Thursday, January 11, 2007

On Cooking and Ingeborg Bachmann

An interesting passage from Bachmann's novel Malina. The narrator (who is Bachmann herself I think, she studied philosophy and psychology too) is agonising before cooking something for her lover... Reading this I was thinking if even a mildly sensible man has a girlfriend like her, shouldn't he agree to do all the cooking, cleaning and washing in exchange of some tuitions and lectures from her? I will definitely settle for that. Anyway, here is the passage:

For if Ivan wants me to cook, then it has to mean something, he won't be able to run away so quickly anymore like he can after a drink, and tonight while looking around my library among all the books I can't find a single cookbook, I have to buy some at once, how absurd, what was I reading before, what good is it to me now, if I can't put it to use for Ivan. The Critique of Pure Reason, read under 60 watts in the Beatrixgasse, Locke, Leibnitz and Hume, befuddling my mind with concepts from all ages in the dismal light of the National Library under the little reading lamps, from the pre-Socratic philosophers to Being and Nothingness, kafka, Rimbaud and Blake read under 25 watts in a hotel in Paris, Freud, Adler and Jung read at 360 watts in a lonely Berlin street, to the quiet rotation of the Chopin Etudes, an inflammatory speech about the expropriation of intellectual property studied on a beach near Genoa, the paper full of salt flecks and warped by the sun, La Comedie Humaine read with a fairly high fever, weakened by anti-biotics, In Klagenfurt, Proust read in Munich until daybreak and until the roofers broke into the attic, the French Moralists and the Vienna Circle of Logical Positivists with my stockings hanging loose, everything from De Rerum Natura to Le Culte de la Raison at thirty French cigarettes a day, history and philosophy , medicine and psychology practiced , in the Steinof asylum work on the anamneses of schizophrenics and manic-depressives, scripts written in the Auditorium Maximum at only 43 degrees and taken at 100 degrees in the shade on de mundo, de mente, de motu, Marx and Engels read after washing my hair and V.I. Lenin when completely drunk, newspapers and newspapers, and newspapers read while still a child in front of the stove, while starting the fire, and newspapers and periodicals and paperbacks everywhere, at all train stations, in all trains, in streetcars, fortiter, fortiter, and everything understood that can be read, and freed from all I have read for one hour, I lie down next to Ivan and say: If you really want I will write a book for you which doesn't yet exist. But you have to really want it, want it from me, and I'll never demand that you read it.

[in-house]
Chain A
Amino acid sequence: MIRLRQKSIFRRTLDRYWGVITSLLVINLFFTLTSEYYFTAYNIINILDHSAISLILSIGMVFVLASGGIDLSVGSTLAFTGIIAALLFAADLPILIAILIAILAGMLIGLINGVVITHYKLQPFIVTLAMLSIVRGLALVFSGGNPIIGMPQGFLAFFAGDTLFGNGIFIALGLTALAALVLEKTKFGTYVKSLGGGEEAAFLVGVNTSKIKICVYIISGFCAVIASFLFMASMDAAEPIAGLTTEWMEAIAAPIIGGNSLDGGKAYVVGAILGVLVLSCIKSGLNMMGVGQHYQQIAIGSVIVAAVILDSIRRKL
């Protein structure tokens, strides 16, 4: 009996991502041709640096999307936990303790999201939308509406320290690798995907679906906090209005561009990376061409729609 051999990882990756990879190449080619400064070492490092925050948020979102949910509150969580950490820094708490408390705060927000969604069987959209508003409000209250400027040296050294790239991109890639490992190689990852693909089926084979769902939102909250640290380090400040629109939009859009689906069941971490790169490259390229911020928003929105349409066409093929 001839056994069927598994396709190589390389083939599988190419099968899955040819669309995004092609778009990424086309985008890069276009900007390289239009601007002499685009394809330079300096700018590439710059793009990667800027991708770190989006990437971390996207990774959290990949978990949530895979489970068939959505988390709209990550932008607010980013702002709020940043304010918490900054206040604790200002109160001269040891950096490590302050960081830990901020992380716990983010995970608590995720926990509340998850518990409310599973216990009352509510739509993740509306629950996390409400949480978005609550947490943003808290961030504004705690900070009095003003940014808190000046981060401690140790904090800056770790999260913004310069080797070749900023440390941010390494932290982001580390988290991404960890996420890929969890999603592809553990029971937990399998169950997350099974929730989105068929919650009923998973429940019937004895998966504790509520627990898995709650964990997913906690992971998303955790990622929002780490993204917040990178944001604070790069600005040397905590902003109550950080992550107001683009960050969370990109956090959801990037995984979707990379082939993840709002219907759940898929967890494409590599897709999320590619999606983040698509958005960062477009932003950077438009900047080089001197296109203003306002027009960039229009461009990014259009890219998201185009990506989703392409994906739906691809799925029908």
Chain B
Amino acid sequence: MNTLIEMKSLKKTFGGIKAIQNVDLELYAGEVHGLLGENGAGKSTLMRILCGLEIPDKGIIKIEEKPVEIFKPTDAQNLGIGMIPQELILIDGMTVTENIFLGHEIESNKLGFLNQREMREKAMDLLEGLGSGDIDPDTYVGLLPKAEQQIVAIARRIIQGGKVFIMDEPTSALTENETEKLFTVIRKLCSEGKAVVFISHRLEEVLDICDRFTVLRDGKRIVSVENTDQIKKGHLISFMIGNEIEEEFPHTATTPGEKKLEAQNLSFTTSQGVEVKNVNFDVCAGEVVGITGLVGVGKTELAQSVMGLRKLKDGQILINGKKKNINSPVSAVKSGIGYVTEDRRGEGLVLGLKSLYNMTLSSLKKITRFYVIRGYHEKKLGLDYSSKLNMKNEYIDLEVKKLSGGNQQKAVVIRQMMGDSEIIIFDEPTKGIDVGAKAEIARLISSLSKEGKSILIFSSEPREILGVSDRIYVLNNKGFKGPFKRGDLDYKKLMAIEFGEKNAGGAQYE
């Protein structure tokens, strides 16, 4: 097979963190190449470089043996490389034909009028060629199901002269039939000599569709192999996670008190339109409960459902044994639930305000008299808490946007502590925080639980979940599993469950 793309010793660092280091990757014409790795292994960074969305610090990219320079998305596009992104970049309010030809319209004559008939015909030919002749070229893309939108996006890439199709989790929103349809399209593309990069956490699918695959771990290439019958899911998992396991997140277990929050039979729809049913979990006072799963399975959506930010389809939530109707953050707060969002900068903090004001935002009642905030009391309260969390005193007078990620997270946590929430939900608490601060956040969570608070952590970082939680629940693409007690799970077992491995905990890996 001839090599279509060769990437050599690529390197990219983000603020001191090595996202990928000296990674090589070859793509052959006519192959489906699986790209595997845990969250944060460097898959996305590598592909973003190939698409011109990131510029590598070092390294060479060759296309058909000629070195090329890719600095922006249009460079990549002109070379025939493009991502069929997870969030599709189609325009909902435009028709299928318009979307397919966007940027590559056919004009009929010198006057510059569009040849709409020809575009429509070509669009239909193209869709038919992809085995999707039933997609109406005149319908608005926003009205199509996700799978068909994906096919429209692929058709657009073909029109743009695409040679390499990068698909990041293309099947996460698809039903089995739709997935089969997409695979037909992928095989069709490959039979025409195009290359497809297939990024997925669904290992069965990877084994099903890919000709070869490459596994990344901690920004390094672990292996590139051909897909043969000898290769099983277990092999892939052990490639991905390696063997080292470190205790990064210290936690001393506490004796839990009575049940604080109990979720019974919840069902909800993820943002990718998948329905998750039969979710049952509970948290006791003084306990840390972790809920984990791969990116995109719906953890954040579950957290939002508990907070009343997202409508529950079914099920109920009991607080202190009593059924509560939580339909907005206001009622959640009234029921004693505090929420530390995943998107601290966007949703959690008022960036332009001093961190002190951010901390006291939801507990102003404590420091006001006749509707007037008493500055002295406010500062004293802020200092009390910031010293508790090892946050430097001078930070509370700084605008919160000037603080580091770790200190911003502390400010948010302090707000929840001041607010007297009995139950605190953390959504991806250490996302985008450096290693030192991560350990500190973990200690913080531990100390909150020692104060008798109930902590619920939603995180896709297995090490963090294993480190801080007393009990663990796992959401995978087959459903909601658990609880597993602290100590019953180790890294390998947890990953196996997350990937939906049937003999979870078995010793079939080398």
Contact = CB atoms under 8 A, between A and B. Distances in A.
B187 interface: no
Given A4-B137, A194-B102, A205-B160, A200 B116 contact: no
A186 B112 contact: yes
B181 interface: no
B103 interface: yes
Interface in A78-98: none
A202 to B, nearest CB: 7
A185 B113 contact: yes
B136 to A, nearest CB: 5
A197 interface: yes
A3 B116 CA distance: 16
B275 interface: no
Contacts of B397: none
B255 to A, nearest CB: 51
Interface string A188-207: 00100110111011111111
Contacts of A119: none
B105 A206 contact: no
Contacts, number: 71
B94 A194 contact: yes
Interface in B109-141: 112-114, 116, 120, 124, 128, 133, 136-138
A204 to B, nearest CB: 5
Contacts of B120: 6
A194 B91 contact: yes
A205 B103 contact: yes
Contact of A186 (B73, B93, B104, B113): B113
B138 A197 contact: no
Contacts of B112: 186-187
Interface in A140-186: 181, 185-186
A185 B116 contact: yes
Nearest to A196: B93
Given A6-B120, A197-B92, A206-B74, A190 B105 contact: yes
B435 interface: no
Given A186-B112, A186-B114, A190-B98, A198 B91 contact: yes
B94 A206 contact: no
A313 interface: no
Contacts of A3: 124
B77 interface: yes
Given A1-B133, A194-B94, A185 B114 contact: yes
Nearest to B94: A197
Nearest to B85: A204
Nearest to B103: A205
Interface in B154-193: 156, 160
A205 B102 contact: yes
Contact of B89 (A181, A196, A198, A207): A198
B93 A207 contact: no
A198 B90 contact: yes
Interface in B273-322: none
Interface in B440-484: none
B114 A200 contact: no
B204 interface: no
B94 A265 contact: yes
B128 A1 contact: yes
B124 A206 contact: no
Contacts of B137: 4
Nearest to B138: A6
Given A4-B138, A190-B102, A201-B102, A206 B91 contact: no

Ivan says: Let's hope it'll be a book with a happy ending.
Let's hope so.

What a sad situation and how oppressive love can be! This is followed by a hilarious passage in which she makes fun of the idea of cooking. One sentence here:

"The things I am cooking for him aren't on the menu, and I'm puzzled how to mix the good old days of pork fat and sweet and sour cream with the sensible new age of yogurt and lettuce lightly sprinkled with oil and lemon juice, dominated by vegetables rich in vitamins which are not supposed to be cooked, where carbohydrates, calories and moderation all count, without spices."

Much as I despise gluttons and gourmands (I can't suffer those restaurant and cuisine talks at all, I feel like jumping out of window if the conversation turns to food and that's the reason I generally avoid going to restaurants with people) I like cooking very much. My repertoire though still remains very limited and highly parochial. Basically it is this, this and this and few others. I think I have had enough with German literature for now. I will try the cookery section of the library after I am done with this book.


Antonia said...

yes and the interesting thing is she even has a secretary who for instance could do all the cooking. Ivan is just a normal, dull bloke who isn't interested in complicated books and what can you do with such a guy, only fall back to stereotypes in order to bind him, to connect to him. Problem of conforming to role expectations here.
And it is austrian literature, not german :). But three meals are good, alok, enough for variety in the food schedule. I also can probably only cook three meals, fish, soup and noodles. Will you delight us soon with cooking recipes? ;) Easy ones?

Alok said...

yes it is interesting she doesn't ask frau Jellinek to do the cooking for her. she wants to please Ivan by whatever way possible. it is like what Swann says in the first volume of Proust, people alway fall for someone who are not even their "type." actually the second chapter of the book is more interesting than the first one. I liked those nightmare scenes.

recipes? haha. I cook with hit and trial. But I am thinking of learning new things, and also have to learn to prepare these things in proper Indian-hausfrau way :)

Antonia said...

yes and the third chaoter is the most interesting one....the dialogues and the journalist interviews are the best parts fo the book...

Sofimay said...

stumbled on this blog while looking for a pdf of malina in german.. not to be found! (or not to be found by me, never had the knack of finding what i want to download on the internet, bit of a so called sweetwaterpirate,) but then, I would have totally paid for it, and amazon kindle shop doenst have it either!
this bit about ingeborg b and cooking made me think a lot, how somehow my german psychiatrist mom, big fan of bachmann and of a generation of women that considered the hausfrau thing to be beneeth them and turned to the pursuit of intelectual and career goals, spawned me, translator/graphics artist secret devoted housewife and in love with cooking :) aanyway, really cool blog.